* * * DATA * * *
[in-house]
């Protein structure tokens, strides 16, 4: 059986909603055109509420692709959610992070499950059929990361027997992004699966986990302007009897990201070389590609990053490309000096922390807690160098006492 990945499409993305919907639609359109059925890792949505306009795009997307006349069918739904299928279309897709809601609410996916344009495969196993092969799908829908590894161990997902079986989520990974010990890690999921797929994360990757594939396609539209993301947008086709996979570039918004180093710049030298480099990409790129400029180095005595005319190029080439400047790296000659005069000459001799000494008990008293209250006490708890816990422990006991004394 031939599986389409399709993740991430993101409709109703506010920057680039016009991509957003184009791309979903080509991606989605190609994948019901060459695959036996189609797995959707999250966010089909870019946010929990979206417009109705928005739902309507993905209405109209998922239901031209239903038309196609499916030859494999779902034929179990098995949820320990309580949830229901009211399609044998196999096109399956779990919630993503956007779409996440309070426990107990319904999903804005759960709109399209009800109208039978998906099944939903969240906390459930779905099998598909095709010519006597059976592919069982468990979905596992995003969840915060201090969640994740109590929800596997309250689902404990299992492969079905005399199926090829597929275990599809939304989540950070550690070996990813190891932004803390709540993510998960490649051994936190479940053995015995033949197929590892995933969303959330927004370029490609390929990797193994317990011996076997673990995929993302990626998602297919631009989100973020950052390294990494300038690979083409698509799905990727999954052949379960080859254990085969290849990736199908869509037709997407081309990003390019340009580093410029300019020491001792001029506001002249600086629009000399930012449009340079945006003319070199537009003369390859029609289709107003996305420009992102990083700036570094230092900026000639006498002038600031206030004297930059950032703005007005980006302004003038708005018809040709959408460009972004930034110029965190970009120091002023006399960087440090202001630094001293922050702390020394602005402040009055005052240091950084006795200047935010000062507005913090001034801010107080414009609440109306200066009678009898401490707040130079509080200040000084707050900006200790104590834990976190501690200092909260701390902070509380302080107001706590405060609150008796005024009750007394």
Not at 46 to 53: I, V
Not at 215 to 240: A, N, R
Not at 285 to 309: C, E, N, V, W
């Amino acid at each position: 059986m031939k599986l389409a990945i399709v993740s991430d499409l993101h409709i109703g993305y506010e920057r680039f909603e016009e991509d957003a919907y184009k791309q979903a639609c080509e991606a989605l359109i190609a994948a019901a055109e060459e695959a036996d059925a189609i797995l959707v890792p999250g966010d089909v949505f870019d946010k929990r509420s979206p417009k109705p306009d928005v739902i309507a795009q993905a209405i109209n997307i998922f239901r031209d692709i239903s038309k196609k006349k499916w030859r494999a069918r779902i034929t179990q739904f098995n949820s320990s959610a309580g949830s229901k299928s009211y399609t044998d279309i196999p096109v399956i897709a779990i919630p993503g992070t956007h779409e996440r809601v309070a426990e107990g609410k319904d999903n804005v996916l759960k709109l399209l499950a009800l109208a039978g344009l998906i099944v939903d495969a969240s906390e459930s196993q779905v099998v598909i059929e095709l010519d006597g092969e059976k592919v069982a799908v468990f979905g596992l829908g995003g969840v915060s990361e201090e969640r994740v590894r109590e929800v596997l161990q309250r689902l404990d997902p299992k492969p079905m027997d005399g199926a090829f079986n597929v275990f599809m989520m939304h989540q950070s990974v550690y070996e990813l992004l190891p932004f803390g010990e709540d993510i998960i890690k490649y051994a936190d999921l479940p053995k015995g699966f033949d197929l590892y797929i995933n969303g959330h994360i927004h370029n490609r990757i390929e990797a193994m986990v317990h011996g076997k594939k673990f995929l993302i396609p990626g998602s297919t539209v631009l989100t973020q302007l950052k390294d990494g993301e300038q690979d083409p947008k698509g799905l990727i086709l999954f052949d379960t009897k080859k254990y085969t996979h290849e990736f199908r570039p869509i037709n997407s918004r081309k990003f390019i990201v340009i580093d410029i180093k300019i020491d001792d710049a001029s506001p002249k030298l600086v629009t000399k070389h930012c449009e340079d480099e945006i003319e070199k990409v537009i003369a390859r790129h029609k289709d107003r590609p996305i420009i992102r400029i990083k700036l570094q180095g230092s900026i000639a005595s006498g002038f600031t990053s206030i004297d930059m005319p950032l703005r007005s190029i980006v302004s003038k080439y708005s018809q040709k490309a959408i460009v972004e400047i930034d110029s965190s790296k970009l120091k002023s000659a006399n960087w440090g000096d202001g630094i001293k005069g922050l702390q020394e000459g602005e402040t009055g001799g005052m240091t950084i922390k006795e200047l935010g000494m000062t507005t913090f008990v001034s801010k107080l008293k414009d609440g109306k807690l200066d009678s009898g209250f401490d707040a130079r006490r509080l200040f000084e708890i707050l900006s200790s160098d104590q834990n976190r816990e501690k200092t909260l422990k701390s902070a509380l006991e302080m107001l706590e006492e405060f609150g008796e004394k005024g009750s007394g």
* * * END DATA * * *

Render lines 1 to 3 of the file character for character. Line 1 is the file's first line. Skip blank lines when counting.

[in-house]
């Protein structure tokens, strides 16, 4: 059986909603055109509420692709959610992070499950059929990361027997992004699966986990302007009897990201070389590609990053490309000096922390807690160098006492 990945499409993305919907639609359109059925890792949505306009795009997307006349069918739904299928279309897709809601609410996916344009495969196993092969799908829908590894161990997902079986989520990974010990890690999921797929994360990757594939396609539209993301947008086709996979570039918004180093710049030298480099990409790129400029180095005595005319190029080439400047790296000659005069000459001799000494008990008293209250006490708890816990422990006991004394 031939599986389409399709993740991430993101409709109703506010920057680039016009991509957003184009791309979903080509991606989605190609994948019901060459695959036996189609797995959707999250966010089909870019946010929990979206417009109705928005739902309507993905209405109209998922239901031209239903038309196609499916030859494999779902034929179990098995949820320990309580949830229901009211399609044998196999096109399956779990919630993503956007779409996440309070426990107990319904999903804005759960709109399209009800109208039978998906099944939903969240906390459930779905099998598909095709010519006597059976592919069982468990979905596992995003969840915060201090969640994740109590929800596997309250689902404990299992492969079905005399199926090829597929275990599809939304989540950070550690070996990813190891932004803390709540993510998960490649051994936190479940053995015995033949197929590892995933969303959330927004370029490609390929990797193994317990011996076997673990995929993302990626998602297919631009989100973020950052390294990494300038690979083409698509799905990727999954052949379960080859254990085969290849990736199908869509037709997407081309990003390019340009580093410029300019020491001792001029506001002249600086629009000399930012449009340079945006003319070199537009003369390859029609289709107003996305420009992102990083700036570094230092900026000639006498002038600031206030004297930059950032703005007005980006302004003038708005018809040709959408460009972004930034110029965190970009120091002023006399960087440090202001630094001293922050702390020394602005402040009055005052240091950084006795200047935010000062507005913090001034801010107080414009609440109306200066009678009898401490707040130079509080200040000084707050900006200790104590834990976190501690200092909260701390902070509380302080107001706590405060609150008796005024009750007394």
Not at 46 to 53: I, V